Popular Indian TV anchor Udayan Mukherjee’s fourth book turns a critical gaze on Kolkata

It unravels how inequality has always been central to the world’s biggest democracy


Joydeep Sengupta

Published: Fri 28 Oct 2022, 8:14 PM

Udayan Mukherjee was born in Kolkata. For two decades, he was the face of the Indian financial markets, as anchor and managing editor of CNBC. He is the author of the novel Dark Circles, and the collection of short stories, Essential Items — both published by Bloomsbury — and the crime novel A Death in the Himalayas. No Way In is his fourth book. wknd. spoke with Mukherjee about his latest novel, which is located in his place of birth.

Edited excerpts from the interview:

What was the inspiration for the plot structure?

The issue of inequality and unequal opportunity has always been central in India, one that is vexing for me as an Indian citizen and, therefore, fundamental to me as a writer. A certain class of Indians may have prospered over the last two decades, thanks to the growth of the formal economy and asset prices, but that, ironically, has only widened the gap between the haves and have nots. It is almost a vicious cycle of the rich getting richer and the poor poorer. This chasm, aggravated by growing alienation along the lines of religion, class and caste, has grave ramifications for the stability of Indian society. It is this seemingly stable, yet intrinsically volatile, equilibrium that forms the backdrop of No Way In. The aim is to examine, through the eyes of its protagonists, who belong to very different stratas of Indian society, what it means to be living in modern-day India; and to highlight the bigotries, hypocrisies and iniquities that come in the way of the relatively less advantaged in realising their dreams and ambitions.

What was the impact of the 2014 parliamentary elections on Kolkata’s social fabric?

The state of West Bengal has a history of communal violence, Partition-induced and otherwise. In 2014, the election which forms the backdrop of the novel, the party does not — despite a thumping victory in the parliamentary elections — make significant inroads but there can be no doubt that people of Bengal, and Kolkata particularly, are no longer averse to giving the right wing faction a chance, a prospect once unimaginable in what was considered a red bastion. Perhaps, it is the lure of economic progress or an expression of the underlying disharmony that has brought this to the surface, but it is capable of splitting Bengali society right down the middle, as citizens of Kolkata are forced to choose between a rapacious, scam-ravaged incumbent and its divisive challenger. It is a subject of considerable debate and angst with upper middle-class inhabitants of Kolkata, and thus finds expression in many characters in the novel.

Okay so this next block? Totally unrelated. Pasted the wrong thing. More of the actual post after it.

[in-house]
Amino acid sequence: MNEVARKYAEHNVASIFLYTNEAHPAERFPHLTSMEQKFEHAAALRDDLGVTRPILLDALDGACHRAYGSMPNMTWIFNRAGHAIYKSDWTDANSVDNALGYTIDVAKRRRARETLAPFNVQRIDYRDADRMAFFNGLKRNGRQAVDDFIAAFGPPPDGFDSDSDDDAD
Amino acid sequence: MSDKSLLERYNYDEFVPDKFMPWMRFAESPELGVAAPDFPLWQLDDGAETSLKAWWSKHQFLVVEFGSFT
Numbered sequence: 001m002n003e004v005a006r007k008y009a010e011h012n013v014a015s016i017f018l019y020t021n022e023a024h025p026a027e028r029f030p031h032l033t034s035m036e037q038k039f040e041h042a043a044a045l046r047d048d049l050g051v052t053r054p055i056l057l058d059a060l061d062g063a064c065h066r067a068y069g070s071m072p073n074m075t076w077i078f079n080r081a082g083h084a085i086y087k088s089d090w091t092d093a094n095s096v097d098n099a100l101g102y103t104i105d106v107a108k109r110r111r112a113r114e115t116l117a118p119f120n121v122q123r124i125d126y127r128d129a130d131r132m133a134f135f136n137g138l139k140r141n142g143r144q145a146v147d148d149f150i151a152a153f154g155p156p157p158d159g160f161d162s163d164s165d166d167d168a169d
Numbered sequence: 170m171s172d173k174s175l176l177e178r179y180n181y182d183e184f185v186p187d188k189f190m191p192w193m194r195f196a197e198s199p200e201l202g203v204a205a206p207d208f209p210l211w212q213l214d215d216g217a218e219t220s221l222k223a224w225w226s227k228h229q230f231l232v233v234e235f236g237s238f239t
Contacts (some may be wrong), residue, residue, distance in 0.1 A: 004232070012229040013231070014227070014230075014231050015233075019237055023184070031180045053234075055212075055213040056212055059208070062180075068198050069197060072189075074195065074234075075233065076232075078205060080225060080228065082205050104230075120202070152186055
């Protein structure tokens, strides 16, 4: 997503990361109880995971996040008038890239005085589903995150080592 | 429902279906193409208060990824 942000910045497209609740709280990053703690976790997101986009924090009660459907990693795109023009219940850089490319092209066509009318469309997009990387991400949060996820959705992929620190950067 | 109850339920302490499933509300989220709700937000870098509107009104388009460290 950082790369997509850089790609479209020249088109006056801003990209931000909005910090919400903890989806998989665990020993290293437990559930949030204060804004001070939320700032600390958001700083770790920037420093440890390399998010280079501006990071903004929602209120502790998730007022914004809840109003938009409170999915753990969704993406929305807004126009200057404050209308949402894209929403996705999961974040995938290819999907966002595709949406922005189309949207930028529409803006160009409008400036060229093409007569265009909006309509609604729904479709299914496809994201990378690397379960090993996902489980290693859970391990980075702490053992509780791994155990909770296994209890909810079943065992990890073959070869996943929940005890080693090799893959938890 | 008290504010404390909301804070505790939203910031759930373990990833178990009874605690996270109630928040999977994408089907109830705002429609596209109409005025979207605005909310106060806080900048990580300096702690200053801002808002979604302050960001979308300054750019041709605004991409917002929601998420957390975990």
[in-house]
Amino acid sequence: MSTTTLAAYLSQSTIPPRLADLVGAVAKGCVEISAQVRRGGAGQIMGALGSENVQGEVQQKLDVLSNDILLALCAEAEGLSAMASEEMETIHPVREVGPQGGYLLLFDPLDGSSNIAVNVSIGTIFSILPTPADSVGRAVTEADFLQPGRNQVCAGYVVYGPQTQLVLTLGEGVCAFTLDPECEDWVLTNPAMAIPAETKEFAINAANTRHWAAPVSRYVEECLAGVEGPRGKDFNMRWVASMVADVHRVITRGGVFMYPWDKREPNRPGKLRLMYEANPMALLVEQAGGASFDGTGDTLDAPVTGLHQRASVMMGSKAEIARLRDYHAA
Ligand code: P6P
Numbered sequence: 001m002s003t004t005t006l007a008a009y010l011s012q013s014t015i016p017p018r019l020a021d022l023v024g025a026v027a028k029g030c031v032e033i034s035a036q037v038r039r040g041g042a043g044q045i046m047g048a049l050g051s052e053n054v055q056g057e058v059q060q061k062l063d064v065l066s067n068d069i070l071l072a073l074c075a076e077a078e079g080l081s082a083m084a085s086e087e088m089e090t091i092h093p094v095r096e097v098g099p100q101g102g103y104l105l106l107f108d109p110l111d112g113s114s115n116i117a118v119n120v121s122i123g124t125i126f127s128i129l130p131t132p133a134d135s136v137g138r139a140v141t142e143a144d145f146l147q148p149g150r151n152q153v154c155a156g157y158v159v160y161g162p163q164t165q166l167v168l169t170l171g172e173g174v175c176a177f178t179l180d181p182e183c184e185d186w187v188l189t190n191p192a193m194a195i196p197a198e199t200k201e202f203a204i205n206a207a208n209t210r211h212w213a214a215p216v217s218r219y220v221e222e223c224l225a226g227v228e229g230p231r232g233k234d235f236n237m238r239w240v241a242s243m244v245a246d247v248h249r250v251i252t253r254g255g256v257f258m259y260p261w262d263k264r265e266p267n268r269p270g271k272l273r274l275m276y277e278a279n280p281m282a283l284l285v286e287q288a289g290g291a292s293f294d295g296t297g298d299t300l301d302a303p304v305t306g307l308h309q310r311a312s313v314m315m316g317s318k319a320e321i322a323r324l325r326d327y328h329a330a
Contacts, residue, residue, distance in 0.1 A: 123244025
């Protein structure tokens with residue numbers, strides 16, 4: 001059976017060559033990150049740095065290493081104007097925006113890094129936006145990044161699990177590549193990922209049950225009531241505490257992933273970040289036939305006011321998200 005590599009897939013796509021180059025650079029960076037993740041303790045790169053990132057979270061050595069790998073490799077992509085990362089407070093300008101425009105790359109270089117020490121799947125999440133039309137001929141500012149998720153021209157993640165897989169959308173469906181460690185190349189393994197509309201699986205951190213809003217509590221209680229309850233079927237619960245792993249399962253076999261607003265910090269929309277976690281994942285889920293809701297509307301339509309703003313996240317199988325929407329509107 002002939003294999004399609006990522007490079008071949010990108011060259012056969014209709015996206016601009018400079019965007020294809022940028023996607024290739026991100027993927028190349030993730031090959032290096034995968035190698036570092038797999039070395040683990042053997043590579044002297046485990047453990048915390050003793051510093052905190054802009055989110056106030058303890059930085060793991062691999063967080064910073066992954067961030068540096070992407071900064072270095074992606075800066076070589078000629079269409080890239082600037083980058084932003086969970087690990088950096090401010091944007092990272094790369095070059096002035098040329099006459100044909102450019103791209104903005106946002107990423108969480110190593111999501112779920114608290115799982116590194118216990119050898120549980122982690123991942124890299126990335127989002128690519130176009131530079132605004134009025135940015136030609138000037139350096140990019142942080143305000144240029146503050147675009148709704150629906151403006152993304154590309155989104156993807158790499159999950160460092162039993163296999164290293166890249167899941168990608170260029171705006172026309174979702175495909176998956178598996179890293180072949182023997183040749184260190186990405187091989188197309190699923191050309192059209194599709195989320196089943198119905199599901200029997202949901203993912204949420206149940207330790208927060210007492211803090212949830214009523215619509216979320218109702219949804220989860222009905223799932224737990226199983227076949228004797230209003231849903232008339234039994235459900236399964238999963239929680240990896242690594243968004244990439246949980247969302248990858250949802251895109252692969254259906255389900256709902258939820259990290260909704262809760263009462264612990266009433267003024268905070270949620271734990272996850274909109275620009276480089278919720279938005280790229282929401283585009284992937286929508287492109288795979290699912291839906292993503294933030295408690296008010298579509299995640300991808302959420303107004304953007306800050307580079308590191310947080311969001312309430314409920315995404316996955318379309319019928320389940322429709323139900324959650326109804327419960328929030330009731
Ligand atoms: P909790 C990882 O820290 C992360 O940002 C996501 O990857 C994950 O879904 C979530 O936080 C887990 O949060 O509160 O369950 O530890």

How is Jol Pori a microcosm of modern-day India?

Jol Pori’s inhabitants comprise people from all walks of life — the privileged business tycoon, his educated and cultured wife grappling with the daily unfairnesses that the house staff are subjected to, the driver who remains ostracised despite years of dedicated service to the family, the cook who pines for a better life for her son and has to make grave sacrifices to stay the course, and her son who has to toe a fine line despite the affections of the house owner’s son. In a sense, Jol Pori is like a small India of its own, trapped in the same feudal structure that has held the country back since independence. And as we witness the country’s marked socio-political swerve to the right, we find the same themes resonate within Jol Pori, as the home and the world appear as one.

How can India bridge the class and caste divide?

With economic progress, one would expect to see divisions along lines of class and caste fade away, yet the opposite seems to be happening in India. Recent instances of communal tension in Bengaluru, India’s information technology (IT) capital, demonstrate that under the veneer of any corporate or civic sensibility, lies the age-old divisions that are the country’s Achilles heel. As the plotline of No Way In reveals, these divisions and prejudices are so deeply ingrained that they need only an agent to bring to the surface or leap out at the slightest provocation or opportunity. There is a lot of talk about India becoming a ‘developed’ nation soon, but we have a very long way to go on the social front before earning that epithet.


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